Top Pick 3) Personalized Detail Carving Tools
These make great gifts for potters for a couple of reasons. Firstly, every potter needs a set of detail carving tools. These tools are nicely made and allow you to do very refined work on your pottery. Secondly, they can be personalized with the potter’s name. This makes them the perfect gift.
If you don’t want to go down the route of giving your potter a personalized gift, you could opt for this detail carving tool. It is also a lovely set of fine tools but isn’t personalized.
So, they were my top 3 picks, but here are some other great gifts for potters in the under $20 category too…
All potters use sponges. They can be used to moisten clay or mop up excess water. There are different kinds of sponges.
My favorite sponges are Mudtools Mudsponges, which are made specifically for potters.
This is one of my favorite types of sponge…
Loop tools are essential for tidying up and shaping your pottery on the wheel. Potters call this trimming.
Some loop tools are a bit flimsy and break easily. What I like about Xiem tools is that they are made from heat-treated steel. So, they are strong and sharp.
Xiem tools trim easily and won’t bend or break when they have been used multiple times. Loop tools are relatively inexpensive, and a couple of different-sized loop tools are great gifts for potters. I’d recommend the medium size as below.
A foot shaper is an ingenious tool that helps you easily trim and shape the base of your pots into a lovely sculpted foot ring.
It makes creating a perfectly proportioned foot on the base of your pottery super easy. They can also be used to tidy up the rim of your pottery. So, all in all, they are a great addition to your pottery tool set.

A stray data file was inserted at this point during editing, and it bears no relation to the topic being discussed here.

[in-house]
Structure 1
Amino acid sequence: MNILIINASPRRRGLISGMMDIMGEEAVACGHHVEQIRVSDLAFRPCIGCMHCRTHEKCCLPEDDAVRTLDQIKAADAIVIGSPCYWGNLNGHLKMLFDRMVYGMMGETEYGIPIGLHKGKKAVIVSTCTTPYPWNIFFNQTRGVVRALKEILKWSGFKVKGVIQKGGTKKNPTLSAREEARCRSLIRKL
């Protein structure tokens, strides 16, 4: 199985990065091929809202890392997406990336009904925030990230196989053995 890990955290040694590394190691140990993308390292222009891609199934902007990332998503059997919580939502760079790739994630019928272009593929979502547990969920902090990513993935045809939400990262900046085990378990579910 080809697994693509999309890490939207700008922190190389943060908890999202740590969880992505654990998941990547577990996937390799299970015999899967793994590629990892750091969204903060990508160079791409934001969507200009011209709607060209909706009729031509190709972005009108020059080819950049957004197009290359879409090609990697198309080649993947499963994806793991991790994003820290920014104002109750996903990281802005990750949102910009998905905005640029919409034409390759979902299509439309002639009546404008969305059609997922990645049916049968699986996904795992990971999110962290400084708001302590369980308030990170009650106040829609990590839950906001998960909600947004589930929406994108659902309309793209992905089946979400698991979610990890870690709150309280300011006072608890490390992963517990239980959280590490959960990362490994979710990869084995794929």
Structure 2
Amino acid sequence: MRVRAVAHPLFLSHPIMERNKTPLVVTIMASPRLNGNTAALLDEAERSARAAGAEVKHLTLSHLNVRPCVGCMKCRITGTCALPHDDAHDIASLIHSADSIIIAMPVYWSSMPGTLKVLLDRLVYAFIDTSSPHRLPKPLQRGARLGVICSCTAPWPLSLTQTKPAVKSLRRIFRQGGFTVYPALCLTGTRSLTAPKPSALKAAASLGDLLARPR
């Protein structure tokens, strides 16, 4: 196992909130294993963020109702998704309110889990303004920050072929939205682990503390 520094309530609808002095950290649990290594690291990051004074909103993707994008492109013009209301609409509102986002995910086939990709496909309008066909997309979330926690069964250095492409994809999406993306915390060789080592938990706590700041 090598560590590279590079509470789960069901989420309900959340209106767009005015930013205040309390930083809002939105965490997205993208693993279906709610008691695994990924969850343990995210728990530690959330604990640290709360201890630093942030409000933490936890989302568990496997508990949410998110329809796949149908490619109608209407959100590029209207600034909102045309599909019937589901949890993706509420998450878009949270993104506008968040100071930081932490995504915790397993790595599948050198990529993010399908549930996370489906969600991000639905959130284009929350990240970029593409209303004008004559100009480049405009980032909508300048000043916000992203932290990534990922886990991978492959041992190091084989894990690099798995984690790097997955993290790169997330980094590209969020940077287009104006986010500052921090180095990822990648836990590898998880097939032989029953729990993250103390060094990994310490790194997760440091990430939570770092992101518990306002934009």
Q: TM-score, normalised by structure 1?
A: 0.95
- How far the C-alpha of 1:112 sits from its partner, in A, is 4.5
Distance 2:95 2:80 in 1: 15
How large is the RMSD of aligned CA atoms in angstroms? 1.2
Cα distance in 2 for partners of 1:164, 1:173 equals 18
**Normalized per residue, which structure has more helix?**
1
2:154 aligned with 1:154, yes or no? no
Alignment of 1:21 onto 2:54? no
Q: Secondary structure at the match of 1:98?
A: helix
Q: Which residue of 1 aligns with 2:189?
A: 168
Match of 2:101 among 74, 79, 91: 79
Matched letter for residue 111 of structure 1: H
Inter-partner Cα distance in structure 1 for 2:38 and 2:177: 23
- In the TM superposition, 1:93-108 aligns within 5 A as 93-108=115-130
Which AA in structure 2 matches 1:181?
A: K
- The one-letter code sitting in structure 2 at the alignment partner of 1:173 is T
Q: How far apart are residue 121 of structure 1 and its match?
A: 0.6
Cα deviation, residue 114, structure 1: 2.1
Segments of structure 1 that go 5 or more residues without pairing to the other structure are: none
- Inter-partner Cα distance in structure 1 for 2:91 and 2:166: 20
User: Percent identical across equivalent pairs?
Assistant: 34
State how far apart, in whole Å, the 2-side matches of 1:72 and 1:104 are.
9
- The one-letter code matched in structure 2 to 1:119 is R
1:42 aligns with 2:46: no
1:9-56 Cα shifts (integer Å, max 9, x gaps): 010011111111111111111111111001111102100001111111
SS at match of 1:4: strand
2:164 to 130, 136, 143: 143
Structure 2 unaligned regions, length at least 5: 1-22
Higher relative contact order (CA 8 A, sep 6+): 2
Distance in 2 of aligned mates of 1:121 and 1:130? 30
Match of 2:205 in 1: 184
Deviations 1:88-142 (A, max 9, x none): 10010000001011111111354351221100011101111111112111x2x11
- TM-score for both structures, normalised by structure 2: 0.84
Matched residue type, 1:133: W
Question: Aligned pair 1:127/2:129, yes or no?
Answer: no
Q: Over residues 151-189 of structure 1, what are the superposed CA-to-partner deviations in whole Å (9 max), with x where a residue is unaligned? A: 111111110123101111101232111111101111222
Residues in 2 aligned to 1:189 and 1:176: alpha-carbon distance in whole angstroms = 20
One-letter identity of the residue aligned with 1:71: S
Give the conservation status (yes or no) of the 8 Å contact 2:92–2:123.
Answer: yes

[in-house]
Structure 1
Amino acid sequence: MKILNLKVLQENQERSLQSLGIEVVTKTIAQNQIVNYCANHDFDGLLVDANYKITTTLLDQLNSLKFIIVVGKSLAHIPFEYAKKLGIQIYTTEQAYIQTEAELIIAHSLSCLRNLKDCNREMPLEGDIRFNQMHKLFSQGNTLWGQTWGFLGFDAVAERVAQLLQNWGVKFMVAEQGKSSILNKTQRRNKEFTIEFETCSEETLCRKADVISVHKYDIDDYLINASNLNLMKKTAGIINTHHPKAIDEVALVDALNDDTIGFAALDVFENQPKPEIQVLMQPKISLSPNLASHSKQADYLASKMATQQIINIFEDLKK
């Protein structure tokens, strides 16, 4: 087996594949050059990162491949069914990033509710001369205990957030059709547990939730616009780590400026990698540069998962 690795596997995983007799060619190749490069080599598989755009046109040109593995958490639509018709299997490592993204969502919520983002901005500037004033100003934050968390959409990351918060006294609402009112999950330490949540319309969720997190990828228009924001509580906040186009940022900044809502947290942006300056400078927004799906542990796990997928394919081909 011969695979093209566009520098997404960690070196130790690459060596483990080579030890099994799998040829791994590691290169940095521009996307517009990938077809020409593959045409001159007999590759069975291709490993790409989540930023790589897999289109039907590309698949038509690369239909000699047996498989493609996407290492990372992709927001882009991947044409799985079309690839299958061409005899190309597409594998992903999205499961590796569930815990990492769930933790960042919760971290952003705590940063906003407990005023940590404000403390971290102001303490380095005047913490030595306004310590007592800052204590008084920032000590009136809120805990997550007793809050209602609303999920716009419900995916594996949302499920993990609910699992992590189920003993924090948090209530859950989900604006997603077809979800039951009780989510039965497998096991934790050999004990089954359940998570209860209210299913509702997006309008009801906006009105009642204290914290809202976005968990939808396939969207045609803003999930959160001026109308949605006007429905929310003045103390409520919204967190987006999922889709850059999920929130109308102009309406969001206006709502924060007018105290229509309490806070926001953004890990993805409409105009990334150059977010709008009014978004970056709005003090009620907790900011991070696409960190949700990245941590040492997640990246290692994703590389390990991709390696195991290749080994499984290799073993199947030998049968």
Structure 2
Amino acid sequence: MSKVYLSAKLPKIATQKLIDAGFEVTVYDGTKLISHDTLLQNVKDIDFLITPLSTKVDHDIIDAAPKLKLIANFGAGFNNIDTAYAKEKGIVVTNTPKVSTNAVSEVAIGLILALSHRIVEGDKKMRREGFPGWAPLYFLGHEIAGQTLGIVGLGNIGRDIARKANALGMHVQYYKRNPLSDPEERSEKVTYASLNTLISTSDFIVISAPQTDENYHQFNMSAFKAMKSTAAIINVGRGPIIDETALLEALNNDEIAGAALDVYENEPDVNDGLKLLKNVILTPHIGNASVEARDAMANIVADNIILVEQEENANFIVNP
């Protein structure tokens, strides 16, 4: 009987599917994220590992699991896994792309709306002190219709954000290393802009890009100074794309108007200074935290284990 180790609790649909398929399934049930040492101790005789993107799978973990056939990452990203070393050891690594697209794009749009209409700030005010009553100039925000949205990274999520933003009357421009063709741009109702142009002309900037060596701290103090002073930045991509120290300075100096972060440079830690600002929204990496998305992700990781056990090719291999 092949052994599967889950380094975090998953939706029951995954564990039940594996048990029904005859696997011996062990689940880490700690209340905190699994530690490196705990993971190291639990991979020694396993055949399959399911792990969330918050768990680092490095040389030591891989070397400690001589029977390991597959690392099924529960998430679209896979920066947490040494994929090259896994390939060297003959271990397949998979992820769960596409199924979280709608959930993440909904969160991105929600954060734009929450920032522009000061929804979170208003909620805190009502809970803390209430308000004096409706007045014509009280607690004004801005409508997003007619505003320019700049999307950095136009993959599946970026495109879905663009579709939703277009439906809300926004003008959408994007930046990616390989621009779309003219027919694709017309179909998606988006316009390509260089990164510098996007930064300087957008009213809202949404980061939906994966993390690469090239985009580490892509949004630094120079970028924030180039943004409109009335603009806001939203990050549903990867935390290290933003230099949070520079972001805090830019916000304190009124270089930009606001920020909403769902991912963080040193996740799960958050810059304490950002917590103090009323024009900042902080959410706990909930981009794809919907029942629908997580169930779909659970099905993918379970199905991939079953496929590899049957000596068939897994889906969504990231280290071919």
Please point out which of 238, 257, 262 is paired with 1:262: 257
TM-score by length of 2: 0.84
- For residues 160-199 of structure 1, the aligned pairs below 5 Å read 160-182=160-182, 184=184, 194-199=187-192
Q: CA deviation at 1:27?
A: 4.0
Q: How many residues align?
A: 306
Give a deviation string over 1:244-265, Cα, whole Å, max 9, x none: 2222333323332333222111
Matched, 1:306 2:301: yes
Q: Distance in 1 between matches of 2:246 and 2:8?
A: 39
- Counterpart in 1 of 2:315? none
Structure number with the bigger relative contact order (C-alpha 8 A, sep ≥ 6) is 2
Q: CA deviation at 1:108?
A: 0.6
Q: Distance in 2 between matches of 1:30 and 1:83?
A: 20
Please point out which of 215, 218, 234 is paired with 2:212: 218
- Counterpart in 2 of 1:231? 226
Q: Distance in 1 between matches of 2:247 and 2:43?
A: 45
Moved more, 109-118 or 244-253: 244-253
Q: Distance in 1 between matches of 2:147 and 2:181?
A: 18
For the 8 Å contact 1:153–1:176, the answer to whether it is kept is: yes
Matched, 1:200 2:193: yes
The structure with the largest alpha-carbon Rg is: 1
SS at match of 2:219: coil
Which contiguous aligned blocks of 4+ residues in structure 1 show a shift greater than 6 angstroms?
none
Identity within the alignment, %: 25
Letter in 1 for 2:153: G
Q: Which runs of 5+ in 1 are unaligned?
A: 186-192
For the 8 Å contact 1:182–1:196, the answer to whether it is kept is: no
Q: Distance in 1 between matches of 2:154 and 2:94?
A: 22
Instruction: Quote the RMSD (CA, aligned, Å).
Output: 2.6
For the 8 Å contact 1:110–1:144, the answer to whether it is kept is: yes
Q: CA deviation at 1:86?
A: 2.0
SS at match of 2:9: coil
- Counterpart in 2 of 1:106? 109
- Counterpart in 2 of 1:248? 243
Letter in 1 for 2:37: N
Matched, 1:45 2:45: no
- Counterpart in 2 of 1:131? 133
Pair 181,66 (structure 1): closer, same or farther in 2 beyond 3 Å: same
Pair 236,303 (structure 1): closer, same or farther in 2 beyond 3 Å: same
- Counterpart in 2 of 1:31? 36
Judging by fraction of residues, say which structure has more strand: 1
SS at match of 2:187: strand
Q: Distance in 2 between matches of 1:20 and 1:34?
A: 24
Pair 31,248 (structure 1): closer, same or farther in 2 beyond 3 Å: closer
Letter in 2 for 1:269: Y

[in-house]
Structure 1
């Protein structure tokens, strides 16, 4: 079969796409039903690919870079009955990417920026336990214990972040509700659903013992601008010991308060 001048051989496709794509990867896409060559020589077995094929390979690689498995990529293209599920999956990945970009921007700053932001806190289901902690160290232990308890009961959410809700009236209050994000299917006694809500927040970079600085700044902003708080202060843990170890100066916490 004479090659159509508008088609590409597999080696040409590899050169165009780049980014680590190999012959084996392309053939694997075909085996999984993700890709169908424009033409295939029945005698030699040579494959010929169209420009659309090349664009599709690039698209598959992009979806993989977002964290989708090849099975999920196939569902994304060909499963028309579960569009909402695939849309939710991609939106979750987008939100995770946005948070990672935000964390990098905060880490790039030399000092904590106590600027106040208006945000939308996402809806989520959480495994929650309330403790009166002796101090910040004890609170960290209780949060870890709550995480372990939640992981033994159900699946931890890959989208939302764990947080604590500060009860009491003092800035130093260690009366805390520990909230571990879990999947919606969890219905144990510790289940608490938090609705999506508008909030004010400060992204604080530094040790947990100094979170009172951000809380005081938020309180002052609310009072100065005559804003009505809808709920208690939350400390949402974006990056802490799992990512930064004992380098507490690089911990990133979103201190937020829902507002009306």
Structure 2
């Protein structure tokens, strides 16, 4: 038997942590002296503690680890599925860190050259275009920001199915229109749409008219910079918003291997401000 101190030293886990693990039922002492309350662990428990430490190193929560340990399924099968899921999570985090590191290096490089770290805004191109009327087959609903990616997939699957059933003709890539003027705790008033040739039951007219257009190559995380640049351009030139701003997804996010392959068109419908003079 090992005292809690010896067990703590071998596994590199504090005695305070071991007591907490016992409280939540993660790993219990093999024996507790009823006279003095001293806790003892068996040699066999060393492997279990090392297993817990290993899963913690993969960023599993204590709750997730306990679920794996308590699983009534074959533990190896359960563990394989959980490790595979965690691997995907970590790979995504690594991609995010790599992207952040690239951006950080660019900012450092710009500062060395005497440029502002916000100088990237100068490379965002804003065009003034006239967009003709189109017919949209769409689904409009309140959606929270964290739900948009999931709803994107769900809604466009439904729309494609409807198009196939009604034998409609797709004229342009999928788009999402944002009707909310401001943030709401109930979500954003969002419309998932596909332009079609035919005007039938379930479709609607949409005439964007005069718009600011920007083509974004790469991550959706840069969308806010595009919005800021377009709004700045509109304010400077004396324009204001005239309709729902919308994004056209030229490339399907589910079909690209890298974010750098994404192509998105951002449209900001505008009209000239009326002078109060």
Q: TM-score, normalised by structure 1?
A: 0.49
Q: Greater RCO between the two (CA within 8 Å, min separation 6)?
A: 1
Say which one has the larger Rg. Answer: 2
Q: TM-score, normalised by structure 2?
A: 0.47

The foot shaper comes in 3 different sizes, small, medium, and large. Even the small one is quite large, so unless you’re making very large pots, the small foot shaper will be a perfect size.
Pottery forms are great if you want to hand-build some pots or dishes rather than using a wheel. They are made out of absorbent material and come in a range of different shapes and sizes.
You roll your clay out with a long rolling pin to a thickness of about ¼ inch and cut out it to size.
Then you can then either press the form into the slab and the clay takes on the shape of the mold. This is called a press mold. Or you can drape the slab over the mold and shape the slab around the pottery form. This is called a drape mold.
Either way, you can make beautiful, uniform sets of plates and dishes using pottery forms.
Atomizers are fun ways to decorate pottery. They are simple and low-tech. Basically, the atomizer is a fine pipe or tube that sits in the glaze or underglaze.
You then blow gently through another tube. The blowing action draws the liquid up through one pipe and out the end of the other pipe. This creates a nice spray effect on pottery ware.
Chamois leather is a soft suede that is used to smooth out clay surfaces, and compress clay. I find it invaluable when tidying up the edges of hand-built or wheel-thrown pottery.
These small squares of chamois leather by Penguin Pottery are ideal. As a potter, you only need small individual sections, rather than a great big sheet that you might use to dry a car.
Texture Roller for Clay
Textured rolling pins are a great way to customize and add some interest to your clay. You simply roll out your slab of clay and then use the textured roller to add design details.